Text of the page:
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Prevention of Psychosocial Problems in the Elderly

By James T. Pacala, MD, MS, Professor and Associate Head, Department of Family Medicine and Community Health, University of Minnesota Medical School

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Patient Education

Depression screening is recommended because depression is common among the elderly. Screening is relatively easy; several instruments do not require a physician for administration. For patients who feel lonely or isolated, social worker assistance to increase social contacts may prevent morbidity and postpone death. For those who are depressed, appropriate intervention with counseling or drugs is warranted.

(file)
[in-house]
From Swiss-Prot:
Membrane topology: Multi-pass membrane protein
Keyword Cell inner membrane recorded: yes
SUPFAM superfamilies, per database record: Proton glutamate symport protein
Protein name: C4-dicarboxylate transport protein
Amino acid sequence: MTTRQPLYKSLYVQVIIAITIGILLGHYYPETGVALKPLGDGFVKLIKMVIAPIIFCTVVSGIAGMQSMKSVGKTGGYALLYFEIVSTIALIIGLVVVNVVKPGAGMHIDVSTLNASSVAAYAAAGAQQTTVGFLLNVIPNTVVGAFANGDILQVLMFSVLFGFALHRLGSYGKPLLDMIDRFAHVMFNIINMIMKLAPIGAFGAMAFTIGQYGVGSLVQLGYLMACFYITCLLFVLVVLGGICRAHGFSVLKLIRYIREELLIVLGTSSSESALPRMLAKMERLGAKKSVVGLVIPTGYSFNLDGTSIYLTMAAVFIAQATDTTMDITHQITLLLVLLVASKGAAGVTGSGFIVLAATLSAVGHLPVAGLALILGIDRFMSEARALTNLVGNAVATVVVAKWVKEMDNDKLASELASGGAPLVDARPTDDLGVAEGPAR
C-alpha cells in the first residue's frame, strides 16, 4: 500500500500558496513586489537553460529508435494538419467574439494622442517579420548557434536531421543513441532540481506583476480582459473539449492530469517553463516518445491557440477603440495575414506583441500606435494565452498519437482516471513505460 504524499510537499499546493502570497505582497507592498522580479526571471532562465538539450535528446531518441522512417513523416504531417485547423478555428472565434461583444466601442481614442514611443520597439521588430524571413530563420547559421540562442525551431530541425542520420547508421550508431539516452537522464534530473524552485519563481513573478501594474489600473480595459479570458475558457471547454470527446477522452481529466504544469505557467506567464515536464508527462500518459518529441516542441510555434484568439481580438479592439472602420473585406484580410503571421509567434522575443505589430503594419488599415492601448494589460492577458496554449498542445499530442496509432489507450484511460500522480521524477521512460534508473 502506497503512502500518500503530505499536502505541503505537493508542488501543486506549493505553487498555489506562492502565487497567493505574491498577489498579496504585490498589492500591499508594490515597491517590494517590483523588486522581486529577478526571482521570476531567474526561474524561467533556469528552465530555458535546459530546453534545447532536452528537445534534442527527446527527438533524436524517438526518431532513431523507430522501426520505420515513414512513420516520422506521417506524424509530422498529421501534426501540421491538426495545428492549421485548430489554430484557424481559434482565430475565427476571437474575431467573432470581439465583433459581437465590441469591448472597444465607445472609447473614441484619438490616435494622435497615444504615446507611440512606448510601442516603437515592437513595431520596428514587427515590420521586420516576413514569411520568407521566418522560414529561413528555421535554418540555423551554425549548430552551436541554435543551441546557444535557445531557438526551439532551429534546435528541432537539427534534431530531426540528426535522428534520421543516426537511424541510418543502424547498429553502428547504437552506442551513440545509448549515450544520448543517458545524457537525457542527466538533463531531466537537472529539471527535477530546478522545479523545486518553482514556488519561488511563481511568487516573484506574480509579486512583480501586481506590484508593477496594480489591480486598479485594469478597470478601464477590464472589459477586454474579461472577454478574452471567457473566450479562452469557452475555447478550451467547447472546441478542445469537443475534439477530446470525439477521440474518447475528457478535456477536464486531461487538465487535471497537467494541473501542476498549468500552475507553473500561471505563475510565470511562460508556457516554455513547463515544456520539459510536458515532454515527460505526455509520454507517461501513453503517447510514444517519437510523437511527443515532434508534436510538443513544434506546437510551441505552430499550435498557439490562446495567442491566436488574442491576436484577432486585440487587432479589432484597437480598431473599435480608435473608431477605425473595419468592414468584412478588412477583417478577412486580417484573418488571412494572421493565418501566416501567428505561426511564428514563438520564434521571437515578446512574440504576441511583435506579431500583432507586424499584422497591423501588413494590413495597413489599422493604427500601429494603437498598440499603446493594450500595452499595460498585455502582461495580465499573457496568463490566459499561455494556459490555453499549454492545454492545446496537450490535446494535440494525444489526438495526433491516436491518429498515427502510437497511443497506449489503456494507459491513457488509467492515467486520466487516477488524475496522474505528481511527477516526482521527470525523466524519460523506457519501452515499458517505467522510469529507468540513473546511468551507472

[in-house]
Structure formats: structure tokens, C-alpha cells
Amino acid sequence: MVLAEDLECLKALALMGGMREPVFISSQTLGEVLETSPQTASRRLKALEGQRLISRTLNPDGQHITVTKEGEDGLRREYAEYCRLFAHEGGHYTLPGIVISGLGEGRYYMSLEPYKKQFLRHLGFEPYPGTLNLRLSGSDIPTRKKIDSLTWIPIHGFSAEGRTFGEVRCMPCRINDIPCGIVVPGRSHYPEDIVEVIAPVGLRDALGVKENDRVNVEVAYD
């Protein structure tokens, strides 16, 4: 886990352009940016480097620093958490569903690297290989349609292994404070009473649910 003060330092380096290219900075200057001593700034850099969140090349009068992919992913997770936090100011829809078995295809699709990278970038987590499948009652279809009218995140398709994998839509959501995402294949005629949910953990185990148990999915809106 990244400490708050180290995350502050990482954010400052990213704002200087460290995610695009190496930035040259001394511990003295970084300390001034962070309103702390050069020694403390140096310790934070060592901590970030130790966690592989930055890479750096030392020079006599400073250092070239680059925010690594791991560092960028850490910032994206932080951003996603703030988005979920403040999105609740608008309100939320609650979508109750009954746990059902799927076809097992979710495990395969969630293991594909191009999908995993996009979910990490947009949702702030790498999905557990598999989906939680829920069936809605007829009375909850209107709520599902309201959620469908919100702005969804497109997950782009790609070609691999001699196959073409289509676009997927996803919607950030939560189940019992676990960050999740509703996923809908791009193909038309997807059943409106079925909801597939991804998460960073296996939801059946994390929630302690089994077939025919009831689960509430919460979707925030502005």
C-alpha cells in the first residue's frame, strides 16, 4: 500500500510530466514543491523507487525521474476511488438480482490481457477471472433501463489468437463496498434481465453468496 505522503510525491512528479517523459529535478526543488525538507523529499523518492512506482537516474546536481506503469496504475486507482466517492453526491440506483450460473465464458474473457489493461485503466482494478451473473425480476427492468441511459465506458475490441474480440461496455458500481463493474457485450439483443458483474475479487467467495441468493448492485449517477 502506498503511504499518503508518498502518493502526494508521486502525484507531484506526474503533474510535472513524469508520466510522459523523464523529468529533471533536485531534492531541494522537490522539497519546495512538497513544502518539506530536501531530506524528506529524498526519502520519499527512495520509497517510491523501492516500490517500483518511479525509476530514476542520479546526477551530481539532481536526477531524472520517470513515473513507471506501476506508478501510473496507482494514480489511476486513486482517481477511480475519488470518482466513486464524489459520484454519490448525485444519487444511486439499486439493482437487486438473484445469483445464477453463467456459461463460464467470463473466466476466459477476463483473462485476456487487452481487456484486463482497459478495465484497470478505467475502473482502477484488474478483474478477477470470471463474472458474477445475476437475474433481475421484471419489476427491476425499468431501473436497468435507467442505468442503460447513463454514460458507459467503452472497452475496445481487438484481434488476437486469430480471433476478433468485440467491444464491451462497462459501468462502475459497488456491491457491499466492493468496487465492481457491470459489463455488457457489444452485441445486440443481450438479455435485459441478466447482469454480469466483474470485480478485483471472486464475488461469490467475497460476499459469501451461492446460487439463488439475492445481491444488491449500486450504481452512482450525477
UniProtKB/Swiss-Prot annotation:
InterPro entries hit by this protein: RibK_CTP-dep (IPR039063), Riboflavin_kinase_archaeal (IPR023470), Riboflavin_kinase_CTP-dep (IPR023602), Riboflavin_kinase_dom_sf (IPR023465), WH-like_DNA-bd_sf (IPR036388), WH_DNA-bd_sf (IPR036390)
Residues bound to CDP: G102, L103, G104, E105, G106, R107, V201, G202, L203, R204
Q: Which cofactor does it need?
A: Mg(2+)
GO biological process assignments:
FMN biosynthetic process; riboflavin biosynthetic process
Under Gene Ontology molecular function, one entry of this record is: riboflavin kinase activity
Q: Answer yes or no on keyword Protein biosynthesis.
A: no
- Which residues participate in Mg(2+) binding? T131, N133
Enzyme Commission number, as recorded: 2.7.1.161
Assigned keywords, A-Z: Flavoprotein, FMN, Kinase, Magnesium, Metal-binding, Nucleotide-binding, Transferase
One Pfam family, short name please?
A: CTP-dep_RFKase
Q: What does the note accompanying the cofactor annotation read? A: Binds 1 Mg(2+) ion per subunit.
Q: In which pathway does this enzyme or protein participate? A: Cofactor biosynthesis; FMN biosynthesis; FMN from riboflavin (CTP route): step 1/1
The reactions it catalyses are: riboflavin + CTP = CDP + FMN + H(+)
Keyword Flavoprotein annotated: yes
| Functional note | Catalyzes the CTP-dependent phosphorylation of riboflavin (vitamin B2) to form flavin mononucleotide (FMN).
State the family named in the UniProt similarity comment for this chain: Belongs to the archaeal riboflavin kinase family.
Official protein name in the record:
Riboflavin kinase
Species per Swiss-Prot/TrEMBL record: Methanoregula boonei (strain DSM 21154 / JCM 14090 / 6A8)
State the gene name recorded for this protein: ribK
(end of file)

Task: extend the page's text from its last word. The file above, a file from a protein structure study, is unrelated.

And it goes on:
A sense of self-worth may contribute to better health. Patients should be encouraged to remain productive, engage in leisure activities, and remain or become involved with other people. These actions can enhance self-worth. Suggesting activities that confirm a sense of social connectedness, such as obtaining a pet, contributing to household chores, or doing volunteer work, may help prevent psychosocial problems (and physical disability).